Like in Eve Online. You can attack everybody everywhere, but there are consequences.

"Attacking other players lowers your Humanity and a low Humanity allows other players to attack you."
This control mechanism might naturally entice players to segregate themselves according to their Humanity rating.

"PvP is very different (from what I don't remember), smoother and more restrictive."

"You can die permanently – including vampires."
Like for the Embrace, permadeath appears to be a matter of choice. It would make sense to carefully craft a set of guarantees around it. Just ask any Eve Online player who lost his shiny ship to a wave of lag. You do want the players to be able to evade permadeath by following specified courses of action.
Permadeath does not need to mean the loss will hurt you as much as would, for example, the loss of your character in Eve Online. There are ways to make it more palatable to players, as I previously pointed out. If the player can come back as another vampire, possibly even of lower Generation, it can offset the loss of all his contacts, wealth, boons and other assets. After all, CCP does want to kill characters, not to lose customers.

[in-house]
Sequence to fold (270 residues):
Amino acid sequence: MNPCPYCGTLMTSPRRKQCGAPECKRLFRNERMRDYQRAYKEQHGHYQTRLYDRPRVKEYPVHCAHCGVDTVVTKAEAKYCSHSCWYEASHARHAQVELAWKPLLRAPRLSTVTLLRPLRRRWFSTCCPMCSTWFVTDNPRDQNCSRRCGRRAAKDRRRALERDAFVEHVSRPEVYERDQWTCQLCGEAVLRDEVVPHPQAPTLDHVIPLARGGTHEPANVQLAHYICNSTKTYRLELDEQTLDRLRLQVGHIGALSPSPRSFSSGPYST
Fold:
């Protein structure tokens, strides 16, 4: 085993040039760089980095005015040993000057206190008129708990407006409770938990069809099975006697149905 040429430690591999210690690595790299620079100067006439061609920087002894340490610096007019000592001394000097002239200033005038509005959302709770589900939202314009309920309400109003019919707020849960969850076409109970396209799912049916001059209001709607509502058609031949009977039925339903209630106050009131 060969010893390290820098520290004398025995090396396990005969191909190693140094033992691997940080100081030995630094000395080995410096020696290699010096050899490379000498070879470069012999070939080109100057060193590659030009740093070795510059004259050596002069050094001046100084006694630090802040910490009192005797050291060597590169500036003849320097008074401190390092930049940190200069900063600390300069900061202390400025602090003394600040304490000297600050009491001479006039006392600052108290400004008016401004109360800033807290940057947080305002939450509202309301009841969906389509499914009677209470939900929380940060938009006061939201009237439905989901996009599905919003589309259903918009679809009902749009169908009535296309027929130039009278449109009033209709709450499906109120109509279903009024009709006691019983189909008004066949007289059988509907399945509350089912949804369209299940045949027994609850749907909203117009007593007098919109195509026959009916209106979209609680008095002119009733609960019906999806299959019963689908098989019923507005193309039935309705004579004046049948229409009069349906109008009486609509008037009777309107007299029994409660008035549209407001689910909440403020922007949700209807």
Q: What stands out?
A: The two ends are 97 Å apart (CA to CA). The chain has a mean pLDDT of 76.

"Diablerie and Generation under discussion."
Generation is more troublesome than Diablerie if the playerbase Embraces itself, if you wish to stick with the canon. You would probably need to renounce the limit on Fifteenth Generation.
Plus, a system with player-run Embraces set in the Old World of Darkness would put new players at a heavier and heavier disadvantage as time goes by. Blood Potency, as a replacement or a complement to Generation, could solve this issue.
EDIT: Chris says a little bit more in an interview with Generation could end up being the result of your in-game activies, like levels in Diku-type MMOs.